Meat- Lesson Four: Beef + Grilled Marinated Rump steak with Sesame Seeds recipe.

This was the last lesson of Meat, the class next week is called revision, but it’s really a test of knowledge and skill regarding what we’ve learned over the past four weeks. I really enjoyed this class, and where as two of the meat cuts are a little unusual, they happen to be favourites of mine. In order of preparation we made; Braised Beef Cheek Bourguignon with Crushed Potato and Green Beans, Tea smoked Kangaroo with Root Vegetables & Grilled Marinated Rump Steak with Sesame Seeds and a dipping sauce. My favourites being the Beef Cheeks and the Kangaroo.

Lesson Four of Meat

The Beef Cheeks, which take approximately 3 hours in the oven under a cartouche at 180C, needed to go in immediately. The cartouche controls the rate of evaporation which slows the reduction of moisture. Being a bourguignon sauce, bacon was used, so very little salt should be added at the beginning, seasoning can be adjusted to taste at the end of the cooking process. Well-cooked Beef Cheeks can practically be eaten with a spoon and I can’t describe just how tender and unctuous they are. When the Beef Cheeks were ready, I removed the meat, mushroom and pearl onions from the pan and drained the sauce, which was lip smacking delicious! The potato was simply boiled in its skin, seasoned & crushed into a ring cutter, bathed in softened butter and then baked in the oven for approximately 30 min at 180c until it was golden. I made the potato again when I got home as it looked so good and I didn’t have time to eat any in class. The plating of this dish came easier to me than some to date, it’s a dish I am familiar with and make several times over the Winter months at my son’s request. That is a crisp piece of bacon atop the beef.

Braised Beef Cheek Bourguignon with crushed potatoes & green beans

People outside of Australia might find it interesting, strange and/or terrible that some Aussies enjoy a little bit of Skippy on our plate! There are of course many who don’t, but I am firmly in the ‘like’ category and really enjoy a well-cooked piece of farmed Kangaroo meat. It is a very lean meat which needs to be cooked quickly on high heat. As you can see, it’s quite dark in colour and perhaps as expected has a gamey flavour, which lends itself perfectly to pairing with a fruit glaze. The aim is to serve the meat medium rare, around 58C. In class, the meat was first smoked over a bed of tea, rice, sugar and maple syrup, before being finished off in a very hot pan and served with a robust, albeit a little too sweet for my taste, blueberry glaze. 

Tea Smoked Kangaroo Fillet with Root Vegetables and Blueberry Glaze

The first task in preparing the rump was to make the marinade and the dipping sauce. After marinating for approximately 40 minutes, the rump was lightly seasoned & oiled and cooked on a hot French grill until the internal temperature reached 58–60 C (medium rare). I love, love, love my new meat probe thermometer, at just $9.99 AUD at IKEA it was a bargain and a fantastic way to ensure meat is cooked exactly how intended. I know there are meat gurus who can do this without any fancy probe, simply by touching or looking at the meat, sadly I am not one of them so thank goodness for the probe. As there were no small dishes for the dipping sauce, we simply added the sauce to the plate. A nice salad and some sweet potato fries to accompany perhaps?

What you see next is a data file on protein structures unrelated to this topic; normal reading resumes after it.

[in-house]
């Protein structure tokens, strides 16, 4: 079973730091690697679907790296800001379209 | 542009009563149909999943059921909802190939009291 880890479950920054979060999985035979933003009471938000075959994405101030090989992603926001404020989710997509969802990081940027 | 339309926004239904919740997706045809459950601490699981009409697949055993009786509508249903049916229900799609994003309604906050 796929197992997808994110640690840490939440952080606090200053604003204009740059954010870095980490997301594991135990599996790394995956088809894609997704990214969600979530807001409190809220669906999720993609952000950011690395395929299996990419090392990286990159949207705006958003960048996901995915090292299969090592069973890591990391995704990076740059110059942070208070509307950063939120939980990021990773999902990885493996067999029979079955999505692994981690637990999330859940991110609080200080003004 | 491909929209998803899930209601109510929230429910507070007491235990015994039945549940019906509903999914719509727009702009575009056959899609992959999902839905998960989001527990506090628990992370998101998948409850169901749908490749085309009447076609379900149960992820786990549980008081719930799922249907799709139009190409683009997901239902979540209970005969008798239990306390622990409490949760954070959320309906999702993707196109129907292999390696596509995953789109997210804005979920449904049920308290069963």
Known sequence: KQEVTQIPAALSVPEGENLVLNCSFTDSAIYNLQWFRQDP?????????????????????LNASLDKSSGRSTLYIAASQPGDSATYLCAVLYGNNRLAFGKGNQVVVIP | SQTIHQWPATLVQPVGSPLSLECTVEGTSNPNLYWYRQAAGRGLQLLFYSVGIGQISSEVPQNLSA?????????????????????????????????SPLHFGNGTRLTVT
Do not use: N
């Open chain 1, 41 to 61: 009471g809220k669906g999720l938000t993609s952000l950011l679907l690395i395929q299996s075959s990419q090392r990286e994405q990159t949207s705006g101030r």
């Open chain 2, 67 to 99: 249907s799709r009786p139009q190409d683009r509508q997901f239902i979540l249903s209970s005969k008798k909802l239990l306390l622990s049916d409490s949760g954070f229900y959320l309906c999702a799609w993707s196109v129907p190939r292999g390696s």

Marinated Grilled Rump Steak with Sesame Seeds

As next week is the exam (or revision), I doubt that I will have time to snap photos, it’s challenging enough during class, but I’ll see how I go. The three recipes we have to recreate are; Goat Curry with Minted Yoghurt (Lesson Three), Seared Lambs Liver with Onion Rings and Garlic Mash (Lesson Three) and Grilled Marinated Rump Steak with Sesame Seeds and a dipping sauce (Lesson Four). In addition to class, I’ve also had three more service periods confirmed by chef; coming up is a small dinner, which will be table service and a wedding, which will count for two service periods…… that will make five….whittling them down slowly. 

Bon Appetit 

Kathryn  💙👩‍🍳

Marinated grilled Rump Steak with toasted Sesame Seeds

A tasty and tender grilled steak with asian flavours. Paired with some sweet potato fries and a salad or steamed greens, it’s a quick weekday option when you’re short of time. 

  • 200 gm Rump Steak
  • 20 gm Peanut oil
  • 20 gm Toasted sesame seeds
  • 1 clove Garlic, minced
  • 20 gm Fresh ginger, grated
  • 60 ml Soy Sauce, light
  • 15 ml Sake
  • 15 gm Sugar, white
  • 2 gm Shichimi Togarahsi, Japanese seven spice mix
  • 20 mls Water
  • 5 gm Miso paste, red
  • 1 Green spring onion, cut finely on the diagonal.
  1. Make the marinade: combine the garlic, half the ginger, half the soy sauce, sugar, sake and half the seven spice in a bowl. Taste and adjust to your taste

  2. Add the steak to the marinade and leave for minimum of 30 minutes.

  3. Cut the spring onion in fine diagonal slices and place in iced water.

  4. Make the dipping sauce: Combine the remaining ginger, remaining seven spice & remaining soy sauce with the miso and water. Taste and adjust to taste – sugar can be added if desired.

  5. Remove the steak from the marinade, pat dry and brush with oil. Pan fry or grill on French grill to medium rare (58c – 60c).